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Subject:Re: Writing vs. Testing From:Mike Stockman <stockman -at- JAGUNET -dot- COM> Date:Fri, 21 May 1999 13:20:08 -0400
On 5/21/1999 12:54 PM, Fred Sampson (wfreds -at- CRUZIO -dot- COM) wrote:
>So, my question is: Can a technical writer (especially a newbie) reasonably
>expect to perform alpha-testing assignments? I understand the need to learn
>the new software by using it, which can include testing, but is this the
>major part of the tech writer's job?
If you're hired to do a job, the request to do a very different job (as
QA is from tech. writing) requires that you renegotiate (with the very
real risk that you cannot agree to do it). It is not reasonable to have a
different job thrust upon you that wasn't agreed to from the beginning.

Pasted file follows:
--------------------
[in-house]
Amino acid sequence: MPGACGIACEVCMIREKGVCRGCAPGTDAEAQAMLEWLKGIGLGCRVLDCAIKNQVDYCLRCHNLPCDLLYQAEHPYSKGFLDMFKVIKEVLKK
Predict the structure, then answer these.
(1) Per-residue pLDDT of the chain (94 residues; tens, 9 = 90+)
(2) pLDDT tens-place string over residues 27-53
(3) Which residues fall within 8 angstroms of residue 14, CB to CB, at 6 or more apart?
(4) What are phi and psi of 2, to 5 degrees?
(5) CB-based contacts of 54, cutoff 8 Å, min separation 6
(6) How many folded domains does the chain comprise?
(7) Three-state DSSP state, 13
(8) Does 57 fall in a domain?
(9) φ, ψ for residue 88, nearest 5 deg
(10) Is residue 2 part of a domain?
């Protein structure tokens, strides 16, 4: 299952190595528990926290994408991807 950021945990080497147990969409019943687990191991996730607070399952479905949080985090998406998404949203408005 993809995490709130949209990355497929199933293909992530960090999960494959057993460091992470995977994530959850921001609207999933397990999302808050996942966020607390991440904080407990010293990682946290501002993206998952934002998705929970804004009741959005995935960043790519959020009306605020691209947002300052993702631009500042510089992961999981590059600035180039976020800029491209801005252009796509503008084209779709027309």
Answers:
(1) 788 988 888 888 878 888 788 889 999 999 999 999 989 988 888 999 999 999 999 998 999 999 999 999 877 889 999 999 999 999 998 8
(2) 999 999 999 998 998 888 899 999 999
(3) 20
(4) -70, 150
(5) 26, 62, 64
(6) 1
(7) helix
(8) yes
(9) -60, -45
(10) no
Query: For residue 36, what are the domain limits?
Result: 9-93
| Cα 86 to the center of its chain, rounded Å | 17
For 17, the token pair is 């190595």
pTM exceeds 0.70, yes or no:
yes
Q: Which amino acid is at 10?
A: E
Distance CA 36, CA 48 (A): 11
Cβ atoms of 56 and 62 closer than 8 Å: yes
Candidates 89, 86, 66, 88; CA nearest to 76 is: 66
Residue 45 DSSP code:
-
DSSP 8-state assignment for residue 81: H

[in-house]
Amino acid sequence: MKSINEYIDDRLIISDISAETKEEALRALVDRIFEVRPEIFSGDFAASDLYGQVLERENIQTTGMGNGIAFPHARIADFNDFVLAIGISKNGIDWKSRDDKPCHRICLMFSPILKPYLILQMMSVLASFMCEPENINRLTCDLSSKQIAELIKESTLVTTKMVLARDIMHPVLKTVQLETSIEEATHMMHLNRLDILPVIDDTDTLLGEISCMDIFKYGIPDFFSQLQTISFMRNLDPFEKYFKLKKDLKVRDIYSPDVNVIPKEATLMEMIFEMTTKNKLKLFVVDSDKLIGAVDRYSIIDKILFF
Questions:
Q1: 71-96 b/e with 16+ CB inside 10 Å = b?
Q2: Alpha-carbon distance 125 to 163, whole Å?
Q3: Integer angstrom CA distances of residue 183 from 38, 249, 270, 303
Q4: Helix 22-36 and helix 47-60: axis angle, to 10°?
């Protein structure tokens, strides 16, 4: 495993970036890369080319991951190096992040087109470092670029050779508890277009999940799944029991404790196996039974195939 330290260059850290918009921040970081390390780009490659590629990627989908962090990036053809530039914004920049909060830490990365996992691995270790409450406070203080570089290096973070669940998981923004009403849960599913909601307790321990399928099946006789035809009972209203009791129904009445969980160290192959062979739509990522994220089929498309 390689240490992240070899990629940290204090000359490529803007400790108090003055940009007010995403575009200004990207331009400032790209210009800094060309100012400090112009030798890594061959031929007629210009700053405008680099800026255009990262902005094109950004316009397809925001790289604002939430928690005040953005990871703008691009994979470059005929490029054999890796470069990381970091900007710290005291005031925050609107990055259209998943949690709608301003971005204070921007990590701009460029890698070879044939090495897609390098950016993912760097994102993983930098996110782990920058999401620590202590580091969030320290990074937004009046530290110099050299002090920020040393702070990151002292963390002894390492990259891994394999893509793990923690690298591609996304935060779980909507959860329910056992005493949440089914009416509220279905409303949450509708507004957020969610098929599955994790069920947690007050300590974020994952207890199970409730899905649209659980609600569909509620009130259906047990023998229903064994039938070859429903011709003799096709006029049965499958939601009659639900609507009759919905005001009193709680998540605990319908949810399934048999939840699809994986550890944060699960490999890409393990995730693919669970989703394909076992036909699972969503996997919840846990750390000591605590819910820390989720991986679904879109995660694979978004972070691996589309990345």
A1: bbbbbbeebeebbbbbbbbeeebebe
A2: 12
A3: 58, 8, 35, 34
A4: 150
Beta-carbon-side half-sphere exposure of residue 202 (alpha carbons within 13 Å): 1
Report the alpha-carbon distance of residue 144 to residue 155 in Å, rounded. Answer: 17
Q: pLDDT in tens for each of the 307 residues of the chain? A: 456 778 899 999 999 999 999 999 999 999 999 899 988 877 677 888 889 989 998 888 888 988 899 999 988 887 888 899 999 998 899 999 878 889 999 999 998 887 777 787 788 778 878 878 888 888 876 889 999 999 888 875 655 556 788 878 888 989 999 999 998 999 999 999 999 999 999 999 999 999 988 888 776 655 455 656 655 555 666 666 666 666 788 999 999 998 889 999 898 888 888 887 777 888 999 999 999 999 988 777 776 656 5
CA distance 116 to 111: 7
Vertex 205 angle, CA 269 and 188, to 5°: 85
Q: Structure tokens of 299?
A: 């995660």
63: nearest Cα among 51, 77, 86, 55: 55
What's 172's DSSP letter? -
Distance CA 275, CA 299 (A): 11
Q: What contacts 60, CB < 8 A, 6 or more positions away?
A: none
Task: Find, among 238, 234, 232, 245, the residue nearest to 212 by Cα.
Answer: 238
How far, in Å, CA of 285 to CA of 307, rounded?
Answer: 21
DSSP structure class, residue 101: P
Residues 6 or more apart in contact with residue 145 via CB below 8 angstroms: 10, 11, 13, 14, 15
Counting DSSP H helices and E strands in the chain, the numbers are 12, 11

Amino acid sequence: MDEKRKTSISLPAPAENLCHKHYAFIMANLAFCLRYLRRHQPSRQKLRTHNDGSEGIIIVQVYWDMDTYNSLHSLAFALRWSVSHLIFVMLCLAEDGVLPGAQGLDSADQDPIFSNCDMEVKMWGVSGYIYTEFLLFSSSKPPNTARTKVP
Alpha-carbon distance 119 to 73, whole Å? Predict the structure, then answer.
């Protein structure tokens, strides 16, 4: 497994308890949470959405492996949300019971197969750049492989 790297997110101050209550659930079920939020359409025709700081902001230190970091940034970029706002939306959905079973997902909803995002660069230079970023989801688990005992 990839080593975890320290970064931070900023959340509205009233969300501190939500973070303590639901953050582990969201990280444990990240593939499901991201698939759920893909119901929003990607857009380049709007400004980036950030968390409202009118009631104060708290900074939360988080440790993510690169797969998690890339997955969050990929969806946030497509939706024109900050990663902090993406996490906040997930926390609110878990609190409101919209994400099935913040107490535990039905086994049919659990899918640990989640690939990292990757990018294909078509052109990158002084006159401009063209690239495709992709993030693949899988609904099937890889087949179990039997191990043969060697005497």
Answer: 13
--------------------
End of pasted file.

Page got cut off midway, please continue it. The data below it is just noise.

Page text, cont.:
When the renegotiation happens, either they capitulate, you both
compromise, or you walk. If you had chosen QA as a career path, you'd be
That said, I've always worked closely *with* QA on most projects I've
done. Tech. writers are probably the only people actually using pre-beta
software as it was intended, outside of the QA department. I report all
bugs that I encounter in the course of research and writing, and let the
QA department follow up on them.
This consumes some time, but it also gives me a better understanding of
the product and keeps the documentation accurate, as in "That's not a
bug, it's a feature, and it needs to be written that way."